Roberto Saviano says he would be giving in to mob power if he left Italy because of the death threats 'Gomorrah' has brought him.
The first people Roberto Saviano sees every morning are his bodyguards – the three Italian policemen who pick him up in a bulletproof sedan, drive him to the gym, or take him on errands. They haven't left him alone since "Gomorrah" – his fierce critique of the Neapolitan mafia, the Camorra – hit best-seller lists in October 2006, bringing fame, fortune, and some powerful and ruthless enemies.
But today, because of international and British laws that don't permit him the usual retinue of government bodyguards here in London, he's been entrusted to me – 135 pounds of journalistic muscle. Mr. Saviano doesn't speak English, and I – a native Neapolitan, myself – do; so his agent thinks I'm some sort of protection for him, and I laugh half-heartedly when the agent jokes about me being his bodyguard for a day.
I accept the task as coolly as I can, but in the back of my mind I'm wondering if I might end up between him and a hit man. I'm hardly relieved when, cautious but confident, Saviano walks out of his hotel wearing a dark coat, unmissable Italian sunglasses, and a dark scarf pulled up to his wool coppola cap. Nor am I comforted when the taxi driver, who seems to have been instructed not to breathe the name Saviano, calls out "Car for Mr. Roberto."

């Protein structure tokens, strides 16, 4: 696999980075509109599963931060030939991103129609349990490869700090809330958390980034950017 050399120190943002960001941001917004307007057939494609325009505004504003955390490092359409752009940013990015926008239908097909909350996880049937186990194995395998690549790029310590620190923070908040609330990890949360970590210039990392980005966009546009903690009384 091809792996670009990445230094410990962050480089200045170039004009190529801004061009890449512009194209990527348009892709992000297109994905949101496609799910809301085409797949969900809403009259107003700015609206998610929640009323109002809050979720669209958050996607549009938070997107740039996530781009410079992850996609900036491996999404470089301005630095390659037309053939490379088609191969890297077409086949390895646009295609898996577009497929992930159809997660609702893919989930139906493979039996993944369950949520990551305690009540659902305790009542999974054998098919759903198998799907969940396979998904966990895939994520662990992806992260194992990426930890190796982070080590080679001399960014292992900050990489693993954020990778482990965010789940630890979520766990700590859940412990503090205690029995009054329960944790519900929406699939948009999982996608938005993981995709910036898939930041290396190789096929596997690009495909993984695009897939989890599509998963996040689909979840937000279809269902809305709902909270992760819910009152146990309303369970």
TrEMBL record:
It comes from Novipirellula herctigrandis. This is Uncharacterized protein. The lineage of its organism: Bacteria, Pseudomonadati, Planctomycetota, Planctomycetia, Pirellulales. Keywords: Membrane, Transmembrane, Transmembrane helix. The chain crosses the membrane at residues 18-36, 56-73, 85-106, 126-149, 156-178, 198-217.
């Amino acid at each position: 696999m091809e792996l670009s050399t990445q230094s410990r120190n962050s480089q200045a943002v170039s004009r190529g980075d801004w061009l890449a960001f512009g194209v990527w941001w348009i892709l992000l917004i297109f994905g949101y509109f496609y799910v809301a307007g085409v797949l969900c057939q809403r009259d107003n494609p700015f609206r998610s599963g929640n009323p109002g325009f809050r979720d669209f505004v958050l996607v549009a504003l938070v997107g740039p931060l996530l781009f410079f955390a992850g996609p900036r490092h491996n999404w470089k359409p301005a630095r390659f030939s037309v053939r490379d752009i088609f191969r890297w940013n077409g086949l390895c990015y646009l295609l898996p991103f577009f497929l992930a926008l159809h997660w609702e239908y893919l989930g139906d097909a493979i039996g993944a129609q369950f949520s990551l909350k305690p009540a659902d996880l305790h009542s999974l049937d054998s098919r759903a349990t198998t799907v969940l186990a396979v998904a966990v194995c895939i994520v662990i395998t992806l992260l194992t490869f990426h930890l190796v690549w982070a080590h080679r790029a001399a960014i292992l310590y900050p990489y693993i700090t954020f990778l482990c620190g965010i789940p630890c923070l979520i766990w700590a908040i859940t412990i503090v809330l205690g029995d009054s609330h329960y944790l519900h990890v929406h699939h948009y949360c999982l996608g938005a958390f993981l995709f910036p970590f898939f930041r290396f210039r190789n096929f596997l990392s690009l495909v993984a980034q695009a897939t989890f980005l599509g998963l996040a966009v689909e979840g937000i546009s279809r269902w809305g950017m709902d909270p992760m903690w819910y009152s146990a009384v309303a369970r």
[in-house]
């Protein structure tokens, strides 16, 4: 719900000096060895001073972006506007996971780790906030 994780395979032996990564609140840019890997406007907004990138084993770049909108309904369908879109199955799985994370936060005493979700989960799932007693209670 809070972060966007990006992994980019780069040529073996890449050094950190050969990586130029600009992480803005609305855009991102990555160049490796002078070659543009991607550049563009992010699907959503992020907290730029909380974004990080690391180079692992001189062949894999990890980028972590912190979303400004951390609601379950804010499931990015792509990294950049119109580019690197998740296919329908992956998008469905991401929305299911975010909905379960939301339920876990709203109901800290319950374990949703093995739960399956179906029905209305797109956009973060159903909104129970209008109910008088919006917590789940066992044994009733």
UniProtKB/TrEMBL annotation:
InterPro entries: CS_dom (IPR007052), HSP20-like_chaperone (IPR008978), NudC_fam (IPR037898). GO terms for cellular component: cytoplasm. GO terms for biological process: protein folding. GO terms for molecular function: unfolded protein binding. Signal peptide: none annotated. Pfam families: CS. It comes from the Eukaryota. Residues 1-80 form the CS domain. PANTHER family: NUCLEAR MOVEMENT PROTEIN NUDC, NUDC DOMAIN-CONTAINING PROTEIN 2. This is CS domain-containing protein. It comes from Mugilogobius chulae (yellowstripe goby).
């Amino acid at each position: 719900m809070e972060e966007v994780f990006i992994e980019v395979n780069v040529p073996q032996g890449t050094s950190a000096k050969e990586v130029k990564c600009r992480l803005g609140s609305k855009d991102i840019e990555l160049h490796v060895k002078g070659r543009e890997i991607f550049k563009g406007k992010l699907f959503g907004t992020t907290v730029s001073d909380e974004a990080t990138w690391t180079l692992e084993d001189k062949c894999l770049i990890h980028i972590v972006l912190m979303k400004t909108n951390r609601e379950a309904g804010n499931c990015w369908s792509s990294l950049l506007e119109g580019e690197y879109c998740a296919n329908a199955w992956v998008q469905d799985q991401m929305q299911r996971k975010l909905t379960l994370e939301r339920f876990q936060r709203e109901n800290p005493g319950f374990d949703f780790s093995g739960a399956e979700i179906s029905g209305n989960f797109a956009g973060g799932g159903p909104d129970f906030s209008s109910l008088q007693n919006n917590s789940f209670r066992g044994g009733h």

But as he cheerfully sidles into the back with me, it's his sunny disposition in spite of it all that cuts the tension. He peels off his hat and glasses and jokes about how conspicuous he looks wearing them in London.
This is our second day together, and maybe having a fellow Neapolitan interviewing him puts him at ease, but he chats freely as if we were old schoolmates with catching-up to do.
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